Back in my playing music days I met my fair share of musicians. Some were mouth-breathing, snake charmers and some were nefarious shit talkers. But they weren’t all bad. Some were worthy of emulation and some were worthy of admiration.
Some musicians were just flat out interesting.
Dominic Lavoie was interesting.
Dom played in a band called Dominic and the Lucid and we shared more than a few bills together and a hefty amount of laughs. Dom and his band mates, Chuck and Nate, were good dudes- good dudes defined. I watched their band evolve and their sound develop. But all along was the tease and underpinning of lushness. Even as a three-piece, they sounded bigger than that. And on record, most notably 2008’s Season of the Sun, they created dense soundscapes around their super catchy pop songs. Dominic and the Lucid was great, but it always felt like it was a precursor to something bigger.
They were one of the bands I was always curious to see what road they would go down.
Years later that road has led Dom and Chuck to Sha Sha Sha, a seven piece collective of Portland mainstays and mercenaries. A few months ago they released their debut EP, VanDyke Brown. Easiest way to sum it up is to pin it with the same label I pinned Lavoie with years ago in the clubs and bars of sunny Portland, Maine- interesting.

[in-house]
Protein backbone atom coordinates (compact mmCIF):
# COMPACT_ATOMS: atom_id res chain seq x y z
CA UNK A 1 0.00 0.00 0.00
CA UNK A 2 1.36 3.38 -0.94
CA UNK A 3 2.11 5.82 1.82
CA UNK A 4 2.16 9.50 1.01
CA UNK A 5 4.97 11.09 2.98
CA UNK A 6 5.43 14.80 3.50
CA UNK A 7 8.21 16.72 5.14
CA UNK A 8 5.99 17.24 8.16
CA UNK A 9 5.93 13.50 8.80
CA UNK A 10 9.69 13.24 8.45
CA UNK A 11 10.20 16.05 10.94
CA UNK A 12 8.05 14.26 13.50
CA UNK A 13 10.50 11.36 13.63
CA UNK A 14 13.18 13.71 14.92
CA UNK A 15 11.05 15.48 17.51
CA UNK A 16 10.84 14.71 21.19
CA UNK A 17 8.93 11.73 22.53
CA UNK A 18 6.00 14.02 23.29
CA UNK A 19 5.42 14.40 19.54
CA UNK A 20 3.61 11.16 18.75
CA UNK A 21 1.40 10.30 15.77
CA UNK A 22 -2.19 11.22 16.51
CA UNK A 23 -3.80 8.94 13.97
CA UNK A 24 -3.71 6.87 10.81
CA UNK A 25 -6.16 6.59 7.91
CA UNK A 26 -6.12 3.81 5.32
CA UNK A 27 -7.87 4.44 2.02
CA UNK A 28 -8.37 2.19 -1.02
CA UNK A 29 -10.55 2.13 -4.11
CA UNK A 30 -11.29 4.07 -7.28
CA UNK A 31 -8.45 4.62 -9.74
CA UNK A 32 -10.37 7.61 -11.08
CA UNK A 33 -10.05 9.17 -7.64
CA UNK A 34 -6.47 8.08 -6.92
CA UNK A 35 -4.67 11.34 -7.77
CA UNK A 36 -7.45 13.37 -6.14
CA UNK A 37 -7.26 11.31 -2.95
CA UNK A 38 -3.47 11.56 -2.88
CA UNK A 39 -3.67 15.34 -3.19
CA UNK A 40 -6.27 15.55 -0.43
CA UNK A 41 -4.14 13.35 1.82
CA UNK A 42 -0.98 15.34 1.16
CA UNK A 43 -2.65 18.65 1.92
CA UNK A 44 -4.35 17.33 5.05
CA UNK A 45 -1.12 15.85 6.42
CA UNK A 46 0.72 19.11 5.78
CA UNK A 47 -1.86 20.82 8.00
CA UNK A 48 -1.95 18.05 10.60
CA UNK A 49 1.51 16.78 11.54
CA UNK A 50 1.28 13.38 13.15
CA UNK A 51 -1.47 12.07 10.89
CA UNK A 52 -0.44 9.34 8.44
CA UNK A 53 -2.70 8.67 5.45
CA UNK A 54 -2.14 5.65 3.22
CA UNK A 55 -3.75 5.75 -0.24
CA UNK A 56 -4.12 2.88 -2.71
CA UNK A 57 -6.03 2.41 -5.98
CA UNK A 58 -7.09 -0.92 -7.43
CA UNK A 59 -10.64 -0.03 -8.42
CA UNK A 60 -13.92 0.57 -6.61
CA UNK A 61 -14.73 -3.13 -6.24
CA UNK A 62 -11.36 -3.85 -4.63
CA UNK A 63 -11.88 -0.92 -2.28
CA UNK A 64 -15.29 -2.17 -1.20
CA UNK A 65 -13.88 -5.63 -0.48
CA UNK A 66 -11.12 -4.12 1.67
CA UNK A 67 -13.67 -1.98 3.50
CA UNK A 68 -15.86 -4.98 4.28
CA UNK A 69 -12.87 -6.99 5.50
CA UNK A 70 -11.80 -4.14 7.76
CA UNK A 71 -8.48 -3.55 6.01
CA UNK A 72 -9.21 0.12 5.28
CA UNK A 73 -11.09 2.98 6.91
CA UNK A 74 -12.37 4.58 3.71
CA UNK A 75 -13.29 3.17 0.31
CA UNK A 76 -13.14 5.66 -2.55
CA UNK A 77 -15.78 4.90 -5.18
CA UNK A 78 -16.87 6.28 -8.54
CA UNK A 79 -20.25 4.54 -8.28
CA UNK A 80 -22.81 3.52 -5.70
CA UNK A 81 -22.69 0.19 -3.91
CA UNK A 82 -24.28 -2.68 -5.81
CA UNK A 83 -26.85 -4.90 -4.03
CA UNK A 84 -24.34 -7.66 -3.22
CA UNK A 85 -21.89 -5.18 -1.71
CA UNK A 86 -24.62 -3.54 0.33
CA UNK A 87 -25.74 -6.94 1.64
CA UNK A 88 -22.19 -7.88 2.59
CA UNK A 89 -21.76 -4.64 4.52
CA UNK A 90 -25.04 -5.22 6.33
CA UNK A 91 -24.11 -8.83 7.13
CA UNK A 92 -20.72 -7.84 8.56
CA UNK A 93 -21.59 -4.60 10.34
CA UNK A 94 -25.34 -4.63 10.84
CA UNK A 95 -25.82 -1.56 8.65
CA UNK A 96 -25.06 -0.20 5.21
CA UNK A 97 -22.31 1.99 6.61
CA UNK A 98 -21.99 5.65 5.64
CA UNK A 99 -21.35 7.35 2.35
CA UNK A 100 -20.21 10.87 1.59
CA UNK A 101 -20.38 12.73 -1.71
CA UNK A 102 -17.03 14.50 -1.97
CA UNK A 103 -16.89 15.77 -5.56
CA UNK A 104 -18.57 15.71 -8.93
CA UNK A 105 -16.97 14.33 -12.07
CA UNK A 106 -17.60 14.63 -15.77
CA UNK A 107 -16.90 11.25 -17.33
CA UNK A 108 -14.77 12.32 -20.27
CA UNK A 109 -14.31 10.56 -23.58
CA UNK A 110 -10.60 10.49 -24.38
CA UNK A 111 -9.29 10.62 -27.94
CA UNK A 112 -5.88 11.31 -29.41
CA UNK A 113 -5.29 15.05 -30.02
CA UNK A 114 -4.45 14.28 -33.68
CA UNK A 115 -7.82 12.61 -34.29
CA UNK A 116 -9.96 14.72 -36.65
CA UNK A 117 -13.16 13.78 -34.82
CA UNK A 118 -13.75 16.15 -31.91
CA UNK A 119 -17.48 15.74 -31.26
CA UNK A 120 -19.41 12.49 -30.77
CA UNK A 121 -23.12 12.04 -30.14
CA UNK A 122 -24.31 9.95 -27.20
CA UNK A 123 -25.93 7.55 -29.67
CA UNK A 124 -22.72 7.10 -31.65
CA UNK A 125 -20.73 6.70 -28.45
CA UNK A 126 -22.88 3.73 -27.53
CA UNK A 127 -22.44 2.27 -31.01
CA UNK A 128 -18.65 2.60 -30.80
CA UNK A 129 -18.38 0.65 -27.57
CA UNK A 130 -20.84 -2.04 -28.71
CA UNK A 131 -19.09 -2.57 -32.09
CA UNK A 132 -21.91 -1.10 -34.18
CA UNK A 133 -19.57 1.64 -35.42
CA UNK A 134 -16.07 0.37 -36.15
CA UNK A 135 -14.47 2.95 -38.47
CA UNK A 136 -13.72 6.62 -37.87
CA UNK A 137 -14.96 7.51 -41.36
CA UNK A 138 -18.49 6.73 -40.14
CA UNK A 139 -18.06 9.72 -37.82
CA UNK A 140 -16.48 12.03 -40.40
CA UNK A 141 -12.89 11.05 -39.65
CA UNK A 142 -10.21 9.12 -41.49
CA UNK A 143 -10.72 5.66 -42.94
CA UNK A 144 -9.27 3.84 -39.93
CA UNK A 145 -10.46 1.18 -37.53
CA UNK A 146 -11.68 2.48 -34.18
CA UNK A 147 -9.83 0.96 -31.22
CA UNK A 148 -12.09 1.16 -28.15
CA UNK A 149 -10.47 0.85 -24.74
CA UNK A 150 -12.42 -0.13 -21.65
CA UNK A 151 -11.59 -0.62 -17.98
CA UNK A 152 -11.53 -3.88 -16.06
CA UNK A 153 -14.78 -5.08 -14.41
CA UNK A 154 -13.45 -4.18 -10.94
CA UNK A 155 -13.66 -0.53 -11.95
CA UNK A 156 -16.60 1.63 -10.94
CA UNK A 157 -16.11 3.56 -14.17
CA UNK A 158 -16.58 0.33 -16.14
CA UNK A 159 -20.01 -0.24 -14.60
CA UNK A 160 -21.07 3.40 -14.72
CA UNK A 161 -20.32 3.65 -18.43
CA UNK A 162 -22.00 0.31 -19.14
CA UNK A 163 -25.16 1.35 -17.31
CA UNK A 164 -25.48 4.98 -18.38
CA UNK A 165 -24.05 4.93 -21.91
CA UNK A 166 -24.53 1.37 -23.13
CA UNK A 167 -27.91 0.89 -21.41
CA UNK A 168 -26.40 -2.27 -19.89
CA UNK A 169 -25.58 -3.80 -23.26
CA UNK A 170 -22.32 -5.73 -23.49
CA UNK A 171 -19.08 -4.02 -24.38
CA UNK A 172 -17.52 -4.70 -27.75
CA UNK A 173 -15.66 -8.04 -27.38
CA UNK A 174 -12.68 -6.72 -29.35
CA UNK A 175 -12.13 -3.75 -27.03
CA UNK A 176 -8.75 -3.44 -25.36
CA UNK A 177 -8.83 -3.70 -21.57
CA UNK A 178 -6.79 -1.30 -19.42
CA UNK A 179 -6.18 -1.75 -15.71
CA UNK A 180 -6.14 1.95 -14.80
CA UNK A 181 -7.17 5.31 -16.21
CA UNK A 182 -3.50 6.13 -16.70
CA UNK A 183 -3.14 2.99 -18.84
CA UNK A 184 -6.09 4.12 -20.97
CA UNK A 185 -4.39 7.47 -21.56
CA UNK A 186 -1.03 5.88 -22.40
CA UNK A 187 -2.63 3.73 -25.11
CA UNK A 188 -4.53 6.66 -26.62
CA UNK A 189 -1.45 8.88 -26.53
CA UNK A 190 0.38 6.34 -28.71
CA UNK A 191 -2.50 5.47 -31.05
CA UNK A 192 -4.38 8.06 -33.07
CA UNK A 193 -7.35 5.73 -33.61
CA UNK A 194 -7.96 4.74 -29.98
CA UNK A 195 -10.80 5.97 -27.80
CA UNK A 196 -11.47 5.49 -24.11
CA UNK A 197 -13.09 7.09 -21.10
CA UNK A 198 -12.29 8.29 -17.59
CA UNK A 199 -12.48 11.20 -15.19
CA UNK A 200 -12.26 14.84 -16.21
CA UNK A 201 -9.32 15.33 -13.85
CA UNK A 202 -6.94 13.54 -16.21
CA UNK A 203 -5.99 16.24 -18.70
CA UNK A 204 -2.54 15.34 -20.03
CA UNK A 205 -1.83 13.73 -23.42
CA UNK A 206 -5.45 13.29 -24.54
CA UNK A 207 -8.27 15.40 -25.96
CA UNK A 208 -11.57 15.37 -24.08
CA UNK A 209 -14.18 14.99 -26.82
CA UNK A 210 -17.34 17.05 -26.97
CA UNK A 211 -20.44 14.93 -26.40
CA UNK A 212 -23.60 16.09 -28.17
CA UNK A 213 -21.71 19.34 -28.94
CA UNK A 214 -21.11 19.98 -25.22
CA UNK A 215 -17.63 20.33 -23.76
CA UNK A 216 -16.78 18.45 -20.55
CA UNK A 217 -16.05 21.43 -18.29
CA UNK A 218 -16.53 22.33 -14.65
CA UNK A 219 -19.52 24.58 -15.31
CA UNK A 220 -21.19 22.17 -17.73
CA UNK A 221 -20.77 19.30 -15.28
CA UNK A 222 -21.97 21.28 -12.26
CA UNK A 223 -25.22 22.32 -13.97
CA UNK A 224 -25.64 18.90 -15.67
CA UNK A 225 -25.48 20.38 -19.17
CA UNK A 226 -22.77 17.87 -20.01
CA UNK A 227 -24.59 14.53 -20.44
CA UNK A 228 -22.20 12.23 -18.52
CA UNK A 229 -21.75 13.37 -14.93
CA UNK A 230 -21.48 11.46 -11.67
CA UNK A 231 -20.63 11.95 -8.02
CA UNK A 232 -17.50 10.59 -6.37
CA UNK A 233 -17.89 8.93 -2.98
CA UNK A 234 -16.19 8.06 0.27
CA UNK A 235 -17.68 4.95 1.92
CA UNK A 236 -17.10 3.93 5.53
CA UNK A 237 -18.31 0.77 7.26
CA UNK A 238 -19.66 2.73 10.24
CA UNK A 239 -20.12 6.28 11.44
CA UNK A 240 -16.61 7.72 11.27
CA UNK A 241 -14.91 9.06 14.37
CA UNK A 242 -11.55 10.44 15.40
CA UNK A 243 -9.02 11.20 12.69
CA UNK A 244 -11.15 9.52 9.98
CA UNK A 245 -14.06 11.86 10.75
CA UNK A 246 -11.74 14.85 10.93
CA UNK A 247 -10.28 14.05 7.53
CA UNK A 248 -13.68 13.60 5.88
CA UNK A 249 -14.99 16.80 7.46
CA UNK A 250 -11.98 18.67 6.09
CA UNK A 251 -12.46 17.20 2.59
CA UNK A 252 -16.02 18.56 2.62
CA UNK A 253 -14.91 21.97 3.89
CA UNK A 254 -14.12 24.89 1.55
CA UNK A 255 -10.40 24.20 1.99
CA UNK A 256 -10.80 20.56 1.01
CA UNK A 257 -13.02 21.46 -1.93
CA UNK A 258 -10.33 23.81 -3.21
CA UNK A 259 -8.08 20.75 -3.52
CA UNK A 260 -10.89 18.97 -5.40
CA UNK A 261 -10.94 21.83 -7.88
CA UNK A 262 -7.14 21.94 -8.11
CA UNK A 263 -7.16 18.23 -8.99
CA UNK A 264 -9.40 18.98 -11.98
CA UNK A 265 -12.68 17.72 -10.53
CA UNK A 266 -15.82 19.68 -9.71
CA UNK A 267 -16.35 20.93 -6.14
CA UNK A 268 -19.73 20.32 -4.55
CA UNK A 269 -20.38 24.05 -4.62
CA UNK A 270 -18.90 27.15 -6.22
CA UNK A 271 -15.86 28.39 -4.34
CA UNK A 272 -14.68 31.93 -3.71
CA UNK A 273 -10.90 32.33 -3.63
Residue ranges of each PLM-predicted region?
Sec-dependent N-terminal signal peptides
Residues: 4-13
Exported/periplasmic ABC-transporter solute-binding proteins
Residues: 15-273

It’s at times psychedelic, it’s frequently free form and loose, and it’s a perfect showcase for Lavoie’s boundless talents as a singer and songwriter. Two drummers, roughly 8,000 keyboards and enough harmonies to rival the Polyphonic Spree. An EP is an injustice. It’s the tip of the ice berg. 5 songs is a taste- enough to get the gist and enough to make you want more. I’m sure making a project like Sha Sha Sha work is an endeavor, given that they come from the music scene in Portland and the fact that nearly every member in one band plays in at least two or three others in that town. Practice space is not the enemy for Portland musicians and bands. It’s schedules. So I imagine such limitations only allowed for this EP; allowed for just these five songs.
Sha Sha Sha gets a pass.
Next time at least six songs would suffice.
This morning I watched the new video for their song, “Motherbird,” and while I’m not entirely sure what the video is about, I’m way too sure that it’s a damn near beautiful song.
I think it might be about moving away from bad influences, but I could be wrong. I am from time to time. My wife will be the first to remind you that I thought Grown Ups would be a good movie.
But moving on…
For your consideration, Sha Sha Sha. Big sounds, big aspirations and big harmonies.
Photos: Dylan Verner